75% of Hospitals Had a Basic EHR System in 2014, ONC Data Show
April 17, 2015 in News
The percentage of hospitals with electronic health record systems increased eightfold between 2008 and 2014, according a data brief from the Office of the National Coordinator for Health IT, FierceHealthIT reports.
The report was based on an American Hospital Association survey of non-federal acute-care hospitals (Dvorak, FierceHealthIT, 4/16).
Overall, the data show 97% of hospitals in 2014 had certified EHR technology, an increase of 35% since 2011 (AHA News, 4/16).
Meanwhile, 75.5% of hospitals in 2014 had a basic EHR system, up from 59.4% in 2013 and 9.4% in 2008.
The report showed that in every state at least half of hospitals had adopted a basic EHR in 2014.
The states with the highest adoption rates of basic EHR systems included:
- Delaware, with 100% of hospitals;
- South Dakota, with 95.1% of hospitals; and
- Virginia, with 93.2% of hospitals.
Those with the lowest adoption rates included:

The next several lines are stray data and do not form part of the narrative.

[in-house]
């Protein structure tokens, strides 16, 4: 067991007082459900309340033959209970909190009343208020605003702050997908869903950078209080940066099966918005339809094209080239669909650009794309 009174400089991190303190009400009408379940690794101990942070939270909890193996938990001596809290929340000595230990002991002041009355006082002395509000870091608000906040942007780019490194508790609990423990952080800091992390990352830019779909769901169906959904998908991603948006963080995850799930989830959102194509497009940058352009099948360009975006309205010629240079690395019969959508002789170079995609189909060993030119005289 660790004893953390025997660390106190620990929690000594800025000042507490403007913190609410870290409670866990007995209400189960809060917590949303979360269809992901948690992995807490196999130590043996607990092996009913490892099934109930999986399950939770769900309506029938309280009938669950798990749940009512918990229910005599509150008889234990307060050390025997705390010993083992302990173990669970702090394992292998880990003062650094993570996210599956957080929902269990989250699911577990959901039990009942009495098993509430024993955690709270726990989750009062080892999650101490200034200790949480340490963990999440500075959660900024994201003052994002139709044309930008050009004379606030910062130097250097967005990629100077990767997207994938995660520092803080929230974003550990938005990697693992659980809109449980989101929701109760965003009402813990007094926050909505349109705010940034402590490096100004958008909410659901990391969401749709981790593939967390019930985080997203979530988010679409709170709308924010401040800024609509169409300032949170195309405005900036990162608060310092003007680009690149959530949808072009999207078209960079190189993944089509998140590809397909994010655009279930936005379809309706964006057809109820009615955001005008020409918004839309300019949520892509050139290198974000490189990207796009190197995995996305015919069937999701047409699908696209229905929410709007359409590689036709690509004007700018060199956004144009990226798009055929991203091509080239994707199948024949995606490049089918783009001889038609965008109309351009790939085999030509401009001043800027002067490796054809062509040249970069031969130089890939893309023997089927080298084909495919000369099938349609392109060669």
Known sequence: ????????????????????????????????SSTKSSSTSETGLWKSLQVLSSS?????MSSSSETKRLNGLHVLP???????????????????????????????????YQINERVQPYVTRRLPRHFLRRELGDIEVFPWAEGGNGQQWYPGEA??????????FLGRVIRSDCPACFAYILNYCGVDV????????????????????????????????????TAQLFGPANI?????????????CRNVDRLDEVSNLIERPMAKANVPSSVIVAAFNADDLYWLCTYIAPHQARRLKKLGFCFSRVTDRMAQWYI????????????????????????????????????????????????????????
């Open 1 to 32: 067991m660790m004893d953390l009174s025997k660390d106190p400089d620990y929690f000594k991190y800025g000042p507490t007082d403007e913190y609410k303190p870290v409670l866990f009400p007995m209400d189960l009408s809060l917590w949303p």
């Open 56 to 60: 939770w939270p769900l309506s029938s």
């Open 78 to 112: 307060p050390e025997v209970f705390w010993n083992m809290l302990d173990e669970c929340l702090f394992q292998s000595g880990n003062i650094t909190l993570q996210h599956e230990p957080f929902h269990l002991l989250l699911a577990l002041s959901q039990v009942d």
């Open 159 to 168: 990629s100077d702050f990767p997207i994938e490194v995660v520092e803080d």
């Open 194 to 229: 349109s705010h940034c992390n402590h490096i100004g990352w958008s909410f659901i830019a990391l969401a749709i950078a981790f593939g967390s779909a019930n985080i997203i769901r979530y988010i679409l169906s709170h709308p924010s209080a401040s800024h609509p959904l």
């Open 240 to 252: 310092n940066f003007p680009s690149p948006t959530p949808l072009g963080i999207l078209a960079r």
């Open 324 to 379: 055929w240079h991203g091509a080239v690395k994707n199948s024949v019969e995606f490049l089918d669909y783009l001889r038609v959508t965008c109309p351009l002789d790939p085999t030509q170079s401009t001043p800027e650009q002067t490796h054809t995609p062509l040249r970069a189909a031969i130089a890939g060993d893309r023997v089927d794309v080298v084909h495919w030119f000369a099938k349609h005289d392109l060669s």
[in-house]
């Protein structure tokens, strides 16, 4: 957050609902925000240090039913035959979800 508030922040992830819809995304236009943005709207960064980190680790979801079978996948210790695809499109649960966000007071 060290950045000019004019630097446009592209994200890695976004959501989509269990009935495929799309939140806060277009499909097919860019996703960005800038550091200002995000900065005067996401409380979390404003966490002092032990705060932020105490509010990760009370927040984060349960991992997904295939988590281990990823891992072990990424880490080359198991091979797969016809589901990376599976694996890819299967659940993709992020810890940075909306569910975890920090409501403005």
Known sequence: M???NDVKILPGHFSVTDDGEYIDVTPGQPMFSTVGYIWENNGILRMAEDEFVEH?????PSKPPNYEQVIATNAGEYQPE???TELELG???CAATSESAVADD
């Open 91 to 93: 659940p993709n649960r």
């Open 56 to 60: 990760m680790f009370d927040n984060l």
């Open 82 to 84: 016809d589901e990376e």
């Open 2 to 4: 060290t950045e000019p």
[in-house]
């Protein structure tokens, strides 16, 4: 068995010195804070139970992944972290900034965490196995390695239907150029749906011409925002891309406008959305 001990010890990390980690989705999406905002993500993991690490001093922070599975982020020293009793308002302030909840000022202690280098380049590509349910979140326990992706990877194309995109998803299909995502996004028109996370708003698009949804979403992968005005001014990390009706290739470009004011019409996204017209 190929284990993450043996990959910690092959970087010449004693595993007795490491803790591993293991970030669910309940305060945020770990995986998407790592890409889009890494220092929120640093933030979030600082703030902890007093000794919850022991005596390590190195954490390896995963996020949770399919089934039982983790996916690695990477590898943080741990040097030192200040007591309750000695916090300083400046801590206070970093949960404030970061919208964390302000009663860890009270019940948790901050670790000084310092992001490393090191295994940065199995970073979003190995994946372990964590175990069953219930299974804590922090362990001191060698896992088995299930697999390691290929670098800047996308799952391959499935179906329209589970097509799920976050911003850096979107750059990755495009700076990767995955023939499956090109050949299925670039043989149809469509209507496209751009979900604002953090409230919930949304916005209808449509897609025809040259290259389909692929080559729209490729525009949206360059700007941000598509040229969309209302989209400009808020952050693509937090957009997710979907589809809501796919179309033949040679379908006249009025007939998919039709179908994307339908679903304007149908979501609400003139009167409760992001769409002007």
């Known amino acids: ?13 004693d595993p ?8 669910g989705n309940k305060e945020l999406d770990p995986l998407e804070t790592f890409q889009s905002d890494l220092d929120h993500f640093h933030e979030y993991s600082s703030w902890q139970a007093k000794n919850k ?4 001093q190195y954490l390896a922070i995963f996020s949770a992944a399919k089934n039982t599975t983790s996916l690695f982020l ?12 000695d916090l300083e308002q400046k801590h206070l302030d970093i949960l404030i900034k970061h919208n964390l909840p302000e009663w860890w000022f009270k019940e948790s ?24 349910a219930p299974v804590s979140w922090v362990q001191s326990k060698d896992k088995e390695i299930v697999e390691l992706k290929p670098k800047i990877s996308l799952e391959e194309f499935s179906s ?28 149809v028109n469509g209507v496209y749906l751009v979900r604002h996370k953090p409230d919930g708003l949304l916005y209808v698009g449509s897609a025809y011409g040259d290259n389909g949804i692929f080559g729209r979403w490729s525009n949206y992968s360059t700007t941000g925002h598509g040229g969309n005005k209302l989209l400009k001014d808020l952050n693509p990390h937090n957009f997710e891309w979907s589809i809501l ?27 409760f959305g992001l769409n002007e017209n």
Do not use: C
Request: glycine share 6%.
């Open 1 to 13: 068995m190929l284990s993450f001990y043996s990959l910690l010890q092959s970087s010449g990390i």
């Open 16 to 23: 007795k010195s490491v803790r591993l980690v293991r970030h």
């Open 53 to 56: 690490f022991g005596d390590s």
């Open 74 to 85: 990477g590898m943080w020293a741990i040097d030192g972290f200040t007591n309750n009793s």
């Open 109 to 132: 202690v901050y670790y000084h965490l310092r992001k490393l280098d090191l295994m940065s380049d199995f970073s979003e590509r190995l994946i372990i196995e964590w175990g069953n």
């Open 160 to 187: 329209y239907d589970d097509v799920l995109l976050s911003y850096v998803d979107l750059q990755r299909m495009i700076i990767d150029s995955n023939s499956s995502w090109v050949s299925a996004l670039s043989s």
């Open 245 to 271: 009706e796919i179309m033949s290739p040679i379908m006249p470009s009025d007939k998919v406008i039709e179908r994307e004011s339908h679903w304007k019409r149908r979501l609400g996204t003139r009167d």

- West Virginia, with 49.6% of hospitals;
- Hawaii, with 54.8% of hospitals; and
- Kansas, with 60% of hospitals.
Meanwhile, 34.4% of hospitals in 2014 had adopted comprehensive EHR systems (ONC report, April 2015).
In a blog post, Matthew Swain — a program analyst in ONC’s Office of Planning, Evaluation and Analysis — and ONC Interoperability and Exchange Portfolio Manager Erica Galvez wrote that that about 60% of hospitals in 2014 exchanged data electronically, marking a 55% increase from 2013.
However, Swain and Galvez said, “While these survey results are promising, there is plenty of room for progress.” They added, “These results capture exchange activity among hospitals; however, these results do not assess exchange volume, whether the exchange is interoperable, and if information is available to providers at the point of care” (FierceHealthIT, 4/16).